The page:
ارتباط تخمین های بهره وری فوق العاده تحلیل پوششی داده با نسبت های مالی: بررسی موردی بانک های چینی
|کد مقاله||سال انتشار||تعداد صفحات مقاله انگلیسی||ترجمه فارسی|
|4372||2011||12 صفحه PDF||سفارش دهید|
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Publisher : Elsevier - Science Direct (الزویر - ساینس دایرکت)
Journal : Omega, Volume 39, Issue 3, June 2011, Pages 323–334
The great majority of applications of the popular frontier technique data envelopment analysis (DEA) do not test for the association of efficiency estimates with key performance indicators used by industry observers. Nevertheless, identifying efficiency estimates’ associations with commonly accepted financial measures of performance could guide benchmarking activities, pricing decisions, and regulatory monitoring. Thus, the current paper investigates to what extent bank DEA super-efficiency estimates are associated with key financial ratios. A low correlation may present an opportunity to address inefficiencies that were not obvious in financial ratio analysis, thus enabling an update of inferences drawn from ratios. Regressing ratios on efficiency estimates may also help predict financial ratios. Where an input–output specification is comprised of key financial ratios, DEA can also be used to objectively identify benchmarks for ratio analysis based on actual observed data collected from peers. Nine super-efficiency DEA formulations across two profitability models are systematically tested. The slacks-based measure of DEA with a parsimonious profitability efficiency model emerges as the most significant combination explaining the variation in the two industry ratios, post-tax profit/average total assets and return on average equity.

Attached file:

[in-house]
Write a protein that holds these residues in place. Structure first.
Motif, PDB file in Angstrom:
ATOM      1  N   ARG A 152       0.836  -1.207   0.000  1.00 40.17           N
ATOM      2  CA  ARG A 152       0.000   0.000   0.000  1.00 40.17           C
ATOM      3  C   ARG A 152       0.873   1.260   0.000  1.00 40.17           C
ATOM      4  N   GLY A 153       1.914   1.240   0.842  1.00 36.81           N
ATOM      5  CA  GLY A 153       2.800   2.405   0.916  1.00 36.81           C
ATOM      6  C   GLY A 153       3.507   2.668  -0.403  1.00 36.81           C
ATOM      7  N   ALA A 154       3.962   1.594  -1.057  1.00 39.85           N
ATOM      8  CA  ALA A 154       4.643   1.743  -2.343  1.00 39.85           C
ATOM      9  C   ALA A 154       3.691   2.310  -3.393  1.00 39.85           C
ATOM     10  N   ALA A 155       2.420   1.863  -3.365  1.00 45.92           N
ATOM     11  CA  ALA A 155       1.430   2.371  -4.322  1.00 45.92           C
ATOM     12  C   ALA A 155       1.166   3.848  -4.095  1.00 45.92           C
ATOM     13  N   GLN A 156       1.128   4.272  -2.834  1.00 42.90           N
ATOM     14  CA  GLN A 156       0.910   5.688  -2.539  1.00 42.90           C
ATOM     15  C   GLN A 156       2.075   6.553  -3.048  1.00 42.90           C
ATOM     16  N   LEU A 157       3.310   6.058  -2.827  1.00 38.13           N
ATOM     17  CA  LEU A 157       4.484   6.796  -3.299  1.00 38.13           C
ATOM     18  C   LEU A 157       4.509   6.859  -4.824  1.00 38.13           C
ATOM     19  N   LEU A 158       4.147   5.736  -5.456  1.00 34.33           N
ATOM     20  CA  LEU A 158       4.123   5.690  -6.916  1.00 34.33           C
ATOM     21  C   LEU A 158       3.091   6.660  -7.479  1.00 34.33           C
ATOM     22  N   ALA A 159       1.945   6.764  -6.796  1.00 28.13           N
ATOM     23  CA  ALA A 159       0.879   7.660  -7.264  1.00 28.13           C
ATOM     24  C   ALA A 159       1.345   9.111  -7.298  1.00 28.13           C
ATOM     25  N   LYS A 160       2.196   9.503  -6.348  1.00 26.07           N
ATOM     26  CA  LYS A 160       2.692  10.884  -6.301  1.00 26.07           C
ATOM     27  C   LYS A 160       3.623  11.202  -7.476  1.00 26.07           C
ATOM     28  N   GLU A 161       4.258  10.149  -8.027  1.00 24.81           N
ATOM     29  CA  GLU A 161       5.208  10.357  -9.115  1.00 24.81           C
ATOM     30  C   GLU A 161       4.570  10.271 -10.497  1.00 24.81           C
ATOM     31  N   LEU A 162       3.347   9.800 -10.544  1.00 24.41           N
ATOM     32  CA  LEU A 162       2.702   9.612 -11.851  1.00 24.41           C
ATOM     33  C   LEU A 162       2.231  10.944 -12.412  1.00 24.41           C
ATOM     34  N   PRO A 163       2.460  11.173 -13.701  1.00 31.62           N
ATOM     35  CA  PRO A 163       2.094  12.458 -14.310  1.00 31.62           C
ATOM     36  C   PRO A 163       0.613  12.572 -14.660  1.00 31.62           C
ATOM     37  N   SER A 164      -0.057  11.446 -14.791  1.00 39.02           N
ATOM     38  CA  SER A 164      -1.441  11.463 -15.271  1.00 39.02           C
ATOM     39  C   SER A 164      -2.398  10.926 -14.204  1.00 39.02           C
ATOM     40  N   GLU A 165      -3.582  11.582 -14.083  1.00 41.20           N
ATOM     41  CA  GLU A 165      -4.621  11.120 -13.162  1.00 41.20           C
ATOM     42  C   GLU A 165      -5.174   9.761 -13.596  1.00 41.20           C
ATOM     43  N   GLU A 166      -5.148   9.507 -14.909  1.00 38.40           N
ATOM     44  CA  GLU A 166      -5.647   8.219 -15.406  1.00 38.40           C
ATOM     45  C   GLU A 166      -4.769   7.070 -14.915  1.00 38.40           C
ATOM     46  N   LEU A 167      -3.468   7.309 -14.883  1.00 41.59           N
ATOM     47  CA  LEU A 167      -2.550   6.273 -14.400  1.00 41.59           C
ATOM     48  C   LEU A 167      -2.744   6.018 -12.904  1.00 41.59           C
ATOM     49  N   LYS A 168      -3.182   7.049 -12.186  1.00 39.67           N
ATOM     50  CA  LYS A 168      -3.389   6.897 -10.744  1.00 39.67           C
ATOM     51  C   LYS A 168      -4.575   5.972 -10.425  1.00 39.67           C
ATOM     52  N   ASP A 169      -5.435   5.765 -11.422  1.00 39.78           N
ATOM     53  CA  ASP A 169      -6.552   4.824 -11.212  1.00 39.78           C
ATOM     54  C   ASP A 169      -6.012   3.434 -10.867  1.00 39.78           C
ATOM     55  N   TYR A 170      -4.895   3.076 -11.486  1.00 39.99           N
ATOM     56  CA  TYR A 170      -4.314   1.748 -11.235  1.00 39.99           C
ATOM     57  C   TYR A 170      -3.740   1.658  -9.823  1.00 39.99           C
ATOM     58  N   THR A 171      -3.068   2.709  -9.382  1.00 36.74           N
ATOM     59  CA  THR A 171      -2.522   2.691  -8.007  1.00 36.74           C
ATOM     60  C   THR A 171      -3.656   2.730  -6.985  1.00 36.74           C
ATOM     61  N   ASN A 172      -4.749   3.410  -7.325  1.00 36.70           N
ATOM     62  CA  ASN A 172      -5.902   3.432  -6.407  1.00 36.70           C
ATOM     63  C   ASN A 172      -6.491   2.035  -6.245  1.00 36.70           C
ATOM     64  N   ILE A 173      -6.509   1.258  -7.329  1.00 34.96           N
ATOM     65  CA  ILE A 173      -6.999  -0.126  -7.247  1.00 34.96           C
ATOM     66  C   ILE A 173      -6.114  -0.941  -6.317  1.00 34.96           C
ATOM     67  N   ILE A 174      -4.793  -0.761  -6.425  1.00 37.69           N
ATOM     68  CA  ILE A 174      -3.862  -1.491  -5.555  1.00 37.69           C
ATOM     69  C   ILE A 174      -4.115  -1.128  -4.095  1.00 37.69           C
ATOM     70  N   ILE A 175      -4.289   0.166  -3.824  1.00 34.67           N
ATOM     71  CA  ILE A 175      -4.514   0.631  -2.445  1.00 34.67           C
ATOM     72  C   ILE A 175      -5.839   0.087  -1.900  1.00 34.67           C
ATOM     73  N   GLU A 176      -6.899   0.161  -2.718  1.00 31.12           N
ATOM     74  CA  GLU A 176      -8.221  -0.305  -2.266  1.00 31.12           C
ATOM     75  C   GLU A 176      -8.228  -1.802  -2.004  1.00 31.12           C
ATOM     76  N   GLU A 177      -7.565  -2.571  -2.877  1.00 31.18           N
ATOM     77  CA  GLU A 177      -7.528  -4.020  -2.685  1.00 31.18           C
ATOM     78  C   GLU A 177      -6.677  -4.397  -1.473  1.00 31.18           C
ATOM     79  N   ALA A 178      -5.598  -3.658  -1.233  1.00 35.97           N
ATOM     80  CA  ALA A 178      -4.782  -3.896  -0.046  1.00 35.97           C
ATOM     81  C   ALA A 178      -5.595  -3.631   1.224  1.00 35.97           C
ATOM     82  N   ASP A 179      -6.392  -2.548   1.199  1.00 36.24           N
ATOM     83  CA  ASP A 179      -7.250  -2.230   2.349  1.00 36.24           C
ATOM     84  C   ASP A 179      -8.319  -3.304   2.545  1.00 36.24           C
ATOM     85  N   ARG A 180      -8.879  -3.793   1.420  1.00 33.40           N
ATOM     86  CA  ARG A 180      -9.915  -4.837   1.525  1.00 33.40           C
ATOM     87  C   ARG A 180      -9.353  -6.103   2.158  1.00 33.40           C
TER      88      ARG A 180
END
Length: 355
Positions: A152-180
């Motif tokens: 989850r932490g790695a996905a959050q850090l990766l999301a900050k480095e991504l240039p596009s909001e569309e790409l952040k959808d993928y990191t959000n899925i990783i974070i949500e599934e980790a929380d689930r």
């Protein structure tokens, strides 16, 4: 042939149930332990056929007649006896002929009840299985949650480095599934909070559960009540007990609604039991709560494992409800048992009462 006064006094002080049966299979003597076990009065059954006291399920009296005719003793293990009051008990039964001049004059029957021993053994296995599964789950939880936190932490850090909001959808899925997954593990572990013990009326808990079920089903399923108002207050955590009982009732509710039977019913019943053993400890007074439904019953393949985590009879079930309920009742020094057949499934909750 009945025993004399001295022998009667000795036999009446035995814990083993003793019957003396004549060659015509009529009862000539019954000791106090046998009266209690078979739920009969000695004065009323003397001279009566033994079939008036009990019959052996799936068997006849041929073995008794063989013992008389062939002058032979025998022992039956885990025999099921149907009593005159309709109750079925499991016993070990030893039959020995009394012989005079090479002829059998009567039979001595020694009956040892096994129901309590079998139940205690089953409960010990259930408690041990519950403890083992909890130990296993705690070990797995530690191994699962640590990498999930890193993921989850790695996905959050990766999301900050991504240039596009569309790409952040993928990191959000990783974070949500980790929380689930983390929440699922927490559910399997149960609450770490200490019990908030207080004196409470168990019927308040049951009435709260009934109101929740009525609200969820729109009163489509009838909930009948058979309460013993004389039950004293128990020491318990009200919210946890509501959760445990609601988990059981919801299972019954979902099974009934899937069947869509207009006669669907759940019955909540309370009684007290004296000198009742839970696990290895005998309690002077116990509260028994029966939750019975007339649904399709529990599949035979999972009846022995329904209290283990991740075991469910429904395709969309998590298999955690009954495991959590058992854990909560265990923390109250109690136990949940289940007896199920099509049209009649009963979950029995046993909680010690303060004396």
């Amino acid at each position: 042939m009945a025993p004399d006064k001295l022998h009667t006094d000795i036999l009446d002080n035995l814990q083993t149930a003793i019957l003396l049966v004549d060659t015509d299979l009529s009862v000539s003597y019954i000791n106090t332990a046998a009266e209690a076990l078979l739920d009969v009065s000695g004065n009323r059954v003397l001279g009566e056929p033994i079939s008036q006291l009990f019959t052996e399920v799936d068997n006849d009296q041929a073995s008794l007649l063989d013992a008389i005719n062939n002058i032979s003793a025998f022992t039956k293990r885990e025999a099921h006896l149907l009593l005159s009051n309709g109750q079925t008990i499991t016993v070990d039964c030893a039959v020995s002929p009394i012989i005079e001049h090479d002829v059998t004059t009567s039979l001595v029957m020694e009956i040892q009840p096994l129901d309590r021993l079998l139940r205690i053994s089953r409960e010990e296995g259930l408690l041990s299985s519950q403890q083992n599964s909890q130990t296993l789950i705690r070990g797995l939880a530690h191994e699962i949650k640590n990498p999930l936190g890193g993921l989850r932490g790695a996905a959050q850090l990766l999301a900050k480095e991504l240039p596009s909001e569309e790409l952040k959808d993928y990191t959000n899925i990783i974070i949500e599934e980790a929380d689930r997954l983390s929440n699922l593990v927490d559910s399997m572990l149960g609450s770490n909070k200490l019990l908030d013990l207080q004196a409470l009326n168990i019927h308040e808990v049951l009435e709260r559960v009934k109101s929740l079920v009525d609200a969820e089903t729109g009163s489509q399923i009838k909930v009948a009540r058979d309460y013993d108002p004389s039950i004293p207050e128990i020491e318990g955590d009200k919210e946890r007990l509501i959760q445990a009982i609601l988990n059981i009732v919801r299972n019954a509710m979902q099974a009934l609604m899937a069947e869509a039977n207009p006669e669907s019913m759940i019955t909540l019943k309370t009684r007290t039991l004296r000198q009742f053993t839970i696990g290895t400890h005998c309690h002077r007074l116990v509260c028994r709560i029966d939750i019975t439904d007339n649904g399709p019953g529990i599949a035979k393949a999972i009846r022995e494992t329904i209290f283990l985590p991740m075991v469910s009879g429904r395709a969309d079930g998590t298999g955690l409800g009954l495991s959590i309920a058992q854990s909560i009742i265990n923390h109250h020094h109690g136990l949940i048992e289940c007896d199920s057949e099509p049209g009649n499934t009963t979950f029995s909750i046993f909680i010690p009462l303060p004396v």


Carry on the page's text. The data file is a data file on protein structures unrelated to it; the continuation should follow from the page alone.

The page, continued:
According to Ahmad et al. [1, p. 8], “The most commonly used indicators of bank performance or efficiency are the accounting ratios and efficiency scores obtained from various frontier efficiency approaches”. Some of the earliest applications of data envelopment analysis (DEA), arguably the most widely used frontier efficiency technique first popularized by Charnes et al. , are in the banking sector (e.g., see ,  and ). According to the Web of Science database,1 there are more than one-hundred and seventy articles that combine DEA and banking. As a result, DEA is a well-established relative efficiency analysis technique in banking. Yet, the great majority of applications of DEA in banking literature do not test for the association of computed efficiency estimates with key performance indicators widely used by industry observers. The current paper investigates to what extent estimates from bank efficiency models, that is, from a selection of input–output specifications based on recent literature are associated with key performance indicators such as financial ratios when tested through various DEA formulations. While efficiency analyses can be used together with key performance indicators in a complementary manner , to the best of the author’s knowledge, no one has systematically tested the association between efficiency and key financial ratios.2 Insights gained from the current study can bridge efficiency and financial ratio analyses of bank performance, where various industry observers including regulators are more familiar with ratios, thus better informing decision-makers and future researchers alike. For example, a low correlation may present an opportunity to address production inefficiencies that were not obvious in financial ratio analysis, thus enabling an update of inferences drawn from ratios. Significant regression coefficients may also help predict financial ratios through efficiency estimates. Equally important, where an input–output specification in DEA is based on key financial ratios, such an analysis can be used to objectively identify benchmarks for ratios based on actual observed data collected from peers. Benchmarks thus identified can contribute to within-industry ratio analysis. The empirical analysis in the current study focuses on China, where the Chinese banking sector is a newcomer to the field of DEA publications. Notwithstanding Chinese journals, there are only a handful of DEA studies based on Chinese banks published in international journals (see , , ,  and ). Furthermore, as a result of the ongoing deregulation which gained momentum since China joined the World Trade Organization in 2001, Chinese banks are currently offering a wider range of products and services.3 There is also a substantial effort by foreign banks locally incorporating, as well as major domestic banks listing on stock exchanges. As a result, the ongoing liberalization of the Chinese banking sector is attracting the interest of researchers in what may well be recorded in history as the main economy to have led the world out of the recent global financial crisis (GFC). According to Laurenceson and Qin [10, p. 59], “The need for China’s banks to improve their efficiency is mounting now that they are operating in an increasingly competitive and liberalized banking environment.” Therefore, this is a particularly appropriate point in time to pause and critically reflect on existing multivariate relative efficiency modeling that uses the popular frontier technique of DEA. As Chinese banks come under increasing scrutiny by the international banking and investment community, as well as their domestic capital markets, identifying efficiency estimates’ associations with commonly accepted financial measures of performance could guide benchmarking activities, pricing decisions and regulatory monitoring. Findings of the current study indicate mostly low correlations, suggesting an inadequacy in ratios’ ability to represent multivariate production inefficiencies. Nevertheless, the ratios of post-tax profits to average total assets and return on average equity are significantly associated with efficiency estimates, where the former ratio has the stronger relationship. Findings also indicate poor credit quality with Chinese banks. The non-radial DEA formulation that has gained popularity in recent times, namely, super-efficiency slacks-based measure, dominates all other formulations in terms of generating estimates that are correlated with ratios. The paper also illustrates how DEA can be used to address the long-recognized problem of objectively selecting financial ratio benchmarks. The remainder of the paper is organized as follows. Section 2 begins with an introduction to DEA, followed by an exposition of the conceptual framework built around the paper’s motivation and anticipated associations between ratios and relative profit efficiency. Methodology is detailed in Section 3 with explanations of input–output specifications and data used. Section 4 discusses the findings from various empirical tests, while Section 5 offers some concluding remarks.